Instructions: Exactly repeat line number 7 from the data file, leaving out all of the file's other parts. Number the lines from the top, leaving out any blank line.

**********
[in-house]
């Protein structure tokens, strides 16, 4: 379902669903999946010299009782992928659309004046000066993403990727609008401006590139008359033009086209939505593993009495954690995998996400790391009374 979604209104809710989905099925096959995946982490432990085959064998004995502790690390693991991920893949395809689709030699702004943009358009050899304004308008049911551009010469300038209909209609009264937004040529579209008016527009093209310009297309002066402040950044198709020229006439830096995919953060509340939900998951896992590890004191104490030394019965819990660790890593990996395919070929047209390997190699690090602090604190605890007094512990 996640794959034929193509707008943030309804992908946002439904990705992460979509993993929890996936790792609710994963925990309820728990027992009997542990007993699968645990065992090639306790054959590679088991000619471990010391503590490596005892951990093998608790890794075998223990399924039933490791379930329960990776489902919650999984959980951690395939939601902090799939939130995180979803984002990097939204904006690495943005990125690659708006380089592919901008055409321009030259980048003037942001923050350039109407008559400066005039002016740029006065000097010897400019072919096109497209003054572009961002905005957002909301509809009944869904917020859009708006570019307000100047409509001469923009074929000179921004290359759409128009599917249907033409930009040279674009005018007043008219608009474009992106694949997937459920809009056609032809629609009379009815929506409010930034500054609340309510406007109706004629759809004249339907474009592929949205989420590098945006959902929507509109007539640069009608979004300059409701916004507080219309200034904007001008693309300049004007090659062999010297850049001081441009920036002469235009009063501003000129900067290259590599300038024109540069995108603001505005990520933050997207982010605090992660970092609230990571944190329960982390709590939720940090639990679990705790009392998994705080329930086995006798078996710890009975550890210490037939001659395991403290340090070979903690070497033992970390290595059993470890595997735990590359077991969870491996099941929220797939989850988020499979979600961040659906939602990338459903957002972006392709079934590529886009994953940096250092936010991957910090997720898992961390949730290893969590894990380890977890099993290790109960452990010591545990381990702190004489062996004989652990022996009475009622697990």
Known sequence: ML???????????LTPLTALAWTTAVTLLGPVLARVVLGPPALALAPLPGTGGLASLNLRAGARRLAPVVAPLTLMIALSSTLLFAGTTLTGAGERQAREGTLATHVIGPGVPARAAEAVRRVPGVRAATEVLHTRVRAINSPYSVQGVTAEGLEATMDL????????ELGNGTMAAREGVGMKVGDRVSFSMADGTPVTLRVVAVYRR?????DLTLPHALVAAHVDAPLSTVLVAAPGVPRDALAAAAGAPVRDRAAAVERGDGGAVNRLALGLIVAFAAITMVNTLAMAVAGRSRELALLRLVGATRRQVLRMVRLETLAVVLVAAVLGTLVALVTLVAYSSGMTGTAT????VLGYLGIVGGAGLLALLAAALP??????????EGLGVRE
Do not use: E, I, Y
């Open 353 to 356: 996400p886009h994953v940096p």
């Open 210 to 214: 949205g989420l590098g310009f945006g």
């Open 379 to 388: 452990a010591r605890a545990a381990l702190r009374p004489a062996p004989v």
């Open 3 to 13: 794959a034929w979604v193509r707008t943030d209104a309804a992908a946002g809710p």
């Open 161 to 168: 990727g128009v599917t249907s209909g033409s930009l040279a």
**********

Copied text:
């Open 379 to 388: 452990a010591r605890a545990a381990l702190r009374p004489a062996p004989v």